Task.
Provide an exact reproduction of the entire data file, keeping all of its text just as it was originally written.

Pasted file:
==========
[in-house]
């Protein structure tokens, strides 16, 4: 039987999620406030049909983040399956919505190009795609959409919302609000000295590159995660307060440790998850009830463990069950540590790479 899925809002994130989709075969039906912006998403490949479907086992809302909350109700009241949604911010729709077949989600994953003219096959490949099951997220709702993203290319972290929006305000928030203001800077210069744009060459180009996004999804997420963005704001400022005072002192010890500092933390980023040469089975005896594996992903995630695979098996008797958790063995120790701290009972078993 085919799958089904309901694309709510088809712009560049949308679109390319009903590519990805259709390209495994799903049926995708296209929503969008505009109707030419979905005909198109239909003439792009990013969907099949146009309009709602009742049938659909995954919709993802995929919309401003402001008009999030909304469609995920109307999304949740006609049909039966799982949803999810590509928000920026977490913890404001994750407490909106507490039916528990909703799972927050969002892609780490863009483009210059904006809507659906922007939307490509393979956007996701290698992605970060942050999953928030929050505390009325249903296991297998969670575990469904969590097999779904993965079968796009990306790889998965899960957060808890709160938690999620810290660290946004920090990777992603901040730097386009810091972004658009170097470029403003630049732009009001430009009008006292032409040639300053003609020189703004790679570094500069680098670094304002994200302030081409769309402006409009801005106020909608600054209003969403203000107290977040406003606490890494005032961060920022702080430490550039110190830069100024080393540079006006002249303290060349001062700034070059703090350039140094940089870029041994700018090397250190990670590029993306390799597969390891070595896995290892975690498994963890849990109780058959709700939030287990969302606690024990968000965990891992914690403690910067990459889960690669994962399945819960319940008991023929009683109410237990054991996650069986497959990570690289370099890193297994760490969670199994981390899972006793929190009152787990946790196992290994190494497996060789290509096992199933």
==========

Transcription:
[in-house]
């Protein structure tokens, strides 16, 4: 039987999620406030049909983040399956919505190009795609959409919302609000000295590159995660307060440790998850009830463990069950540590790479 899925809002994130989709075969039906912006998403490949479907086992809302909350109700009241949604911010729709077949989600994953003219096959490949099951997220709702993203290319972290929006305000928030203001800077210069744009060459180009996004999804997420963005704001400022005072002192010890500092933390980023040469089975005896594996992903995630695979098996008797958790063995120790701290009972078993 085919799958089904309901694309709510088809712009560049949308679109390319009903590519990805259709390209495994799903049926995708296209929503969008505009109707030419979905005909198109239909003439792009990013969907099949146009309009709602009742049938659909995954919709993802995929919309401003402001008009999030909304469609995920109307999304949740006609049909039966799982949803999810590509928000920026977490913890404001994750407490909106507490039916528990909703799972927050969002892609780490863009483009210059904006809507659906922007939307490509393979956007996701290698992605970060942050999953928030929050505390009325249903296991297998969670575990469904969590097999779904993965079968796009990306790889998965899960957060808890709160938690999620810290660290946004920090990777992603901040730097386009810091972004658009170097470029403003630049732009009001430009009008006292032409040639300053003609020189703004790679570094500069680098670094304002994200302030081409769309402006409009801005106020909608600054209003969403203000107290977040406003606490890494005032961060920022702080430490550039110190830069100024080393540079006006002249303290060349001062700034070059703090350039140094940089870029041994700018090397250190990670590029993306390799597969390891070595896995290892975690498994963890849990109780058959709700939030287990969302606690024990968000965990891992914690403690910067990459889960690669994962399945819960319940008991023929009683109410237990054991996650069986497959990570690289370099890193297994760490969670199994981390899972006793929190009152787990946790196992290994190494497996060789290509096992199933």